“The idea of going to a museum and coming away having heard a voice from 3,000 years ago is the sort of thing people might well remember for a long time.”
Thanks to astonishing advances in 3D-printing technology, researchers have now been able to reconstruct the vocal tract of an ancient Egyptian mummy — allowing the world to hear his voice for the first time in 3,000 years.
As The New York Times reported, archaeologists resurrected the voice of an Egyptian priest named Nesyamun. He sang praises of worship at the Karnak temple in Thebes, reciting words to Egyptian gods like Nut, the ancient goddess of the sky and heavens.
When he died, his gift of melody was immortalized on his coffin with an inscription that read, “Nesyamun, true of voice.” But what exactly did Nesyamun’s voice sound like? Scientists were eager to find out.
According to a study recently published in Scientific Reports, a team of researchers in England detailed their amazing efforts to reconstruct Nesyamun’s voice after three millennia.
Their basic goal was to rebuild his vocal tract. Luckily, the singing priest’s mummification had kept his throat and mouth largely intact.
“The actual mummification process was key here,” explained Joann Fletcher, an Egyptologist at England’s University of York and the paper’s co-author. “The superb quality of preservation achieved by the ancient embalmers meant that Nesyamun’s vocal tract is still in excellent shape.”
Using a CT scanner, the research team scanned the mummy to produce a 3D image of the inside of his throat. The images were then printed out using a 3D printer and combined with an electronic larynx to reconstruct “the sound that would come out of his vocal tract if he was in his coffin and his larynx came to life again,” David Howard, a speech scientist at Royal Holloway in London and another member of the research team, said.
The result is an incredible resurrection of Nesyamun’s vocal tract. So far, the high-tech replica has only produced one sound — an unclear drawl that scientists say resembles an “ah” or “eh”-sounding vowel. To some, the sound might not be too far from a cow’s moo.
“He certainly can’t speak at the moment,” Howard said. “But I think it’s perfectly plausible to suggest that one day it will be possible to produce words that are as close as we can make them to what he would have sounded like.”
The short audio clip might be anti-climatic — or even eerie depending on your perspective — but nevertheless, the reconstruction of a voice belonging to a person who lived thousands of years ago has never been done before in this particular way.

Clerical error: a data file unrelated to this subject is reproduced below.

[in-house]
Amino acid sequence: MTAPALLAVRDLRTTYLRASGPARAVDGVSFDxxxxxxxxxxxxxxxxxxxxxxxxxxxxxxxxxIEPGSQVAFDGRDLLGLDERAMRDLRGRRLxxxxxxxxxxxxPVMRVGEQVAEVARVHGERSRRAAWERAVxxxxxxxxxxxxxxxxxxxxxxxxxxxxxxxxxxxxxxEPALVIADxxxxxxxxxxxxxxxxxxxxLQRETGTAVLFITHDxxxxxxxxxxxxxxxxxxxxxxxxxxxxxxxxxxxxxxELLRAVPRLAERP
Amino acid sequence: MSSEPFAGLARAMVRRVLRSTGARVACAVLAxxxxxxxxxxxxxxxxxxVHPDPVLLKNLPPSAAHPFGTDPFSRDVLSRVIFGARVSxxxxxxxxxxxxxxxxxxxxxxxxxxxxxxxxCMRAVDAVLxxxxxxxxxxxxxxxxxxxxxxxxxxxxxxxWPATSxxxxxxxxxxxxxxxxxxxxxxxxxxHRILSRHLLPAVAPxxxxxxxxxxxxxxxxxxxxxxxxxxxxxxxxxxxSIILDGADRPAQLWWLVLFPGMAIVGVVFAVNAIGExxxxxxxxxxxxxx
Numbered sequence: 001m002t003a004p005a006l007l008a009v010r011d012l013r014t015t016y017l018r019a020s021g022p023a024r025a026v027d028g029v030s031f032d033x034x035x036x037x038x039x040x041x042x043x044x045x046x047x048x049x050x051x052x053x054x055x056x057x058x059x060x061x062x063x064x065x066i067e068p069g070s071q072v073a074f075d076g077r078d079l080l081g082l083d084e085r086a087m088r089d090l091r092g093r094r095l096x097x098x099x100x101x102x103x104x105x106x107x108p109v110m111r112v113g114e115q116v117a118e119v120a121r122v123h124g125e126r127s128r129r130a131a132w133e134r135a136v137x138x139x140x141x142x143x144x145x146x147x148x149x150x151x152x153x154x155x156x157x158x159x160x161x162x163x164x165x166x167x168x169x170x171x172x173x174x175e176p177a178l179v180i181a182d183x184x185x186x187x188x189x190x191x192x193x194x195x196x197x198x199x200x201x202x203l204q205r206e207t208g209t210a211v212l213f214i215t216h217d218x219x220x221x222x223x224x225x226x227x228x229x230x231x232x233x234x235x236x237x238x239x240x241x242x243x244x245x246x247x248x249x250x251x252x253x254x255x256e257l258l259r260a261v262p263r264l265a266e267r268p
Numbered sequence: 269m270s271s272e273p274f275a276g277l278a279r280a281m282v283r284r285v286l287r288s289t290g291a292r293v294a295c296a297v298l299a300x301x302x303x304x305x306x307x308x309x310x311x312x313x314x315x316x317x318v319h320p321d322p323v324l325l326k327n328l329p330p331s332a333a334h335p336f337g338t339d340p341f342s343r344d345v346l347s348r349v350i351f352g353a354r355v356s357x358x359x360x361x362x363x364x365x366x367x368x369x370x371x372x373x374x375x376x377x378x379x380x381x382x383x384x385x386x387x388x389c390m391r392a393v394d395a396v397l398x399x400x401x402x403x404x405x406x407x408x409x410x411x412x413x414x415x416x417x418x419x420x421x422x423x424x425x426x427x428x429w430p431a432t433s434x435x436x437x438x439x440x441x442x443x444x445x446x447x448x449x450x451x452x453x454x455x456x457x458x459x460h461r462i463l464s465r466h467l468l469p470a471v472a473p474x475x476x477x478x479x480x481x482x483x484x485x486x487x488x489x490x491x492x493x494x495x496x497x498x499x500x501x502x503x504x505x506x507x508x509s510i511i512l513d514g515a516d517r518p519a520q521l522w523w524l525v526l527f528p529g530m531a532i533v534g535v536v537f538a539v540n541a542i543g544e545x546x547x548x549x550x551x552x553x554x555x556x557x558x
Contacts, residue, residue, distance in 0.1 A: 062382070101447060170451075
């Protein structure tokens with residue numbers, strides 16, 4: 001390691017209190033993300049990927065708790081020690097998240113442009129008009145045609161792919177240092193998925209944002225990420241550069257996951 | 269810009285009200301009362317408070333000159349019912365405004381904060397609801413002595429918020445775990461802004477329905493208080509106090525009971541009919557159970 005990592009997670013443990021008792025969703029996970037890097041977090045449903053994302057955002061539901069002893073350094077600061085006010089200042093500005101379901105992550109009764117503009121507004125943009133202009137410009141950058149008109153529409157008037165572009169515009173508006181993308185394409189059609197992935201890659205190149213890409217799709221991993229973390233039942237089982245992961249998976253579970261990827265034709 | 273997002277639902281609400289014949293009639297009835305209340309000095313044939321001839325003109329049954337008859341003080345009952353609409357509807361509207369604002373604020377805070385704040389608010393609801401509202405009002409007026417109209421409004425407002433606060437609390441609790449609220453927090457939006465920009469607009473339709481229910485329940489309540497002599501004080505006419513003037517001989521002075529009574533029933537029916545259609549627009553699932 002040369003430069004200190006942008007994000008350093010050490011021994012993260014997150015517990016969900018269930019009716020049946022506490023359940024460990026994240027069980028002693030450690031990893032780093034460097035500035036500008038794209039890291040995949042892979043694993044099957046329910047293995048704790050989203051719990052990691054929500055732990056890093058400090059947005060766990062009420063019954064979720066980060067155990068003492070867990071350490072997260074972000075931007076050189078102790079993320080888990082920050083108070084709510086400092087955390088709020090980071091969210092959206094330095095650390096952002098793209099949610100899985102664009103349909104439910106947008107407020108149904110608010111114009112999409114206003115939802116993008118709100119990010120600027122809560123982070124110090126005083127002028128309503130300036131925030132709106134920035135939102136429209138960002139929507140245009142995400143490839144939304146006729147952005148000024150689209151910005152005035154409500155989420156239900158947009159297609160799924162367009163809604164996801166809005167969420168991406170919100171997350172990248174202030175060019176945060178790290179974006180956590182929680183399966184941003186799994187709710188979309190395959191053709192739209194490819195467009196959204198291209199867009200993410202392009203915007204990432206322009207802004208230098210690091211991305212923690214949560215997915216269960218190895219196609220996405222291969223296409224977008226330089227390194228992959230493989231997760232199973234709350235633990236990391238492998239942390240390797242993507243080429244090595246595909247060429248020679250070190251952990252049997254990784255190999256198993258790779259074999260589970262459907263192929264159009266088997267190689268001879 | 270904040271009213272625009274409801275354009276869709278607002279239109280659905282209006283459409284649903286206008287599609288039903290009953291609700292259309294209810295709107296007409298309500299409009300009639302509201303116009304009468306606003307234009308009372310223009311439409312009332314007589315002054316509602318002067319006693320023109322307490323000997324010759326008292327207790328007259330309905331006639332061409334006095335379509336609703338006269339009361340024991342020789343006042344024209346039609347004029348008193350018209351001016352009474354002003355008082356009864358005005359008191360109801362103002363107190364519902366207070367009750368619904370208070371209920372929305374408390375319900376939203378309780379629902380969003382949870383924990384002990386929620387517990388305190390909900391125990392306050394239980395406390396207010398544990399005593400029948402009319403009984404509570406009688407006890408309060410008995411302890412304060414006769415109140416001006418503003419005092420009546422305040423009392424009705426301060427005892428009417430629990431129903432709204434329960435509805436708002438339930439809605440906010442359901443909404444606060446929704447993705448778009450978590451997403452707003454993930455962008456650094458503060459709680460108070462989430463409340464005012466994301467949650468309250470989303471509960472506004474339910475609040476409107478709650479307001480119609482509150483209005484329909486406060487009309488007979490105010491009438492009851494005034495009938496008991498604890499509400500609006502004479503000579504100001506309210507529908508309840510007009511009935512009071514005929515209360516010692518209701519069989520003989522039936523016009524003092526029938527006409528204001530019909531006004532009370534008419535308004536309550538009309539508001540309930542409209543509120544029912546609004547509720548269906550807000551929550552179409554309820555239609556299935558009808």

In 2016, a team of Italian researchers reconstructed the voice of Ötzi the Iceman, a caveman who lived 5,300 years ago and whose remains were discovered frozen in the Alps. Similar to Nesyamun’s case, researchers were only able to create a fairly close reconstruction of Ötzi’s vocal tract to produce a few vowel sounds.
The reconstruction of Nesyamun’s voice is a significant first step toward recreating his full sonic vocabulary and allowing him to fully “speak” once more.
Further down the line, the team hopes to be able to modify the computer software to predict speech elements, such as his tongue size and movement and the position of his jaw, so that they might create an accurate replica of his speech patterns.
“You can take that to its natural conclusion,” said Katherine Baxter, curator of archaeology at the Leeds City Museum and another co-author on the paper. “Could we make Nesyamun actually speak his original words as written on his coffin?”
But with the scientific breakthrough of bringing Nesyamun’s voice back to life — and ultimately having him say perhaps whatever you want — comes the question of ethics.
“When you’re taking a human being and using so much inference about what they looked or sounded like, it can be done with an agenda that you might not even be aware of,” Egyptologist Kara Cooney of the University of California (who was not involved in the study) noted.
According to archaeologists who have examined Nesyamun’s mummy up close, the ancient priest likely died in his 50s. The cause of his death was originally speculated to be strangulation but was later suggested to be from an allergic reaction, possibly from an insect sting on his tongue. That might explain why the mummy’s tongue was sticking out with no damage to his neck.
We might never know what caused the priest’s demise 3,000 years ago, but we might someday hear him speak.
Next, take a look at 29 reconstructed faces of ancient people from the Neanderthals to Jesus and listen to the only known recording of Frida Kahlo’s voice, uncovered 60 years after her death.